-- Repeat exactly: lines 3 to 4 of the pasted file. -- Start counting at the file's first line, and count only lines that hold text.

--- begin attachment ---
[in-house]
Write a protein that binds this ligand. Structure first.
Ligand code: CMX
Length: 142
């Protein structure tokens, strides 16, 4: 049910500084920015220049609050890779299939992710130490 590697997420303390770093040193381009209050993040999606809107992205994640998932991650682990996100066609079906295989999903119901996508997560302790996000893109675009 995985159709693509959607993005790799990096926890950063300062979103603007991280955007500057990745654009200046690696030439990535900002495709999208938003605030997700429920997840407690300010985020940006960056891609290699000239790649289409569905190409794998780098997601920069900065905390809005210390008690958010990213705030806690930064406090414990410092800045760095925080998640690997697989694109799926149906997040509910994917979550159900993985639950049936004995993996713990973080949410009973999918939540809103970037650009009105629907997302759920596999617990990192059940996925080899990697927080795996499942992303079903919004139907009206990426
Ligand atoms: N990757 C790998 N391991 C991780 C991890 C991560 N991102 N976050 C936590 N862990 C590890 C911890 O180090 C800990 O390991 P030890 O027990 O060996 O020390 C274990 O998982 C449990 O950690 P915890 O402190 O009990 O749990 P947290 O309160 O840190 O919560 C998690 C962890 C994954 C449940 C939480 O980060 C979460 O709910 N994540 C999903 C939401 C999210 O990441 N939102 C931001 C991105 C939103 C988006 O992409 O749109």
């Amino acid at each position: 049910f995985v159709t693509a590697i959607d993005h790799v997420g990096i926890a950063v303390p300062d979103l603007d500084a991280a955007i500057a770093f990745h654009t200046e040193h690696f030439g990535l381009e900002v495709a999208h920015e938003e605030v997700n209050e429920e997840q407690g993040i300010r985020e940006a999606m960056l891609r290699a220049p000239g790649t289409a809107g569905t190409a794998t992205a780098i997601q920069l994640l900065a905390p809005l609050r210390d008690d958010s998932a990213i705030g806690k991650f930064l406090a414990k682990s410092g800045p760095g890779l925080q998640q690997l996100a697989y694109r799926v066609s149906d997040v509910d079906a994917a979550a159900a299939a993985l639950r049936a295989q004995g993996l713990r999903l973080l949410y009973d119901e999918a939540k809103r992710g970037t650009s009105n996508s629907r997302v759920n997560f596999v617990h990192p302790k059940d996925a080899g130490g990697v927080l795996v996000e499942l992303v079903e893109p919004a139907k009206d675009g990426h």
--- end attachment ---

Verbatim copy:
Ligand code: CMX
Length: 142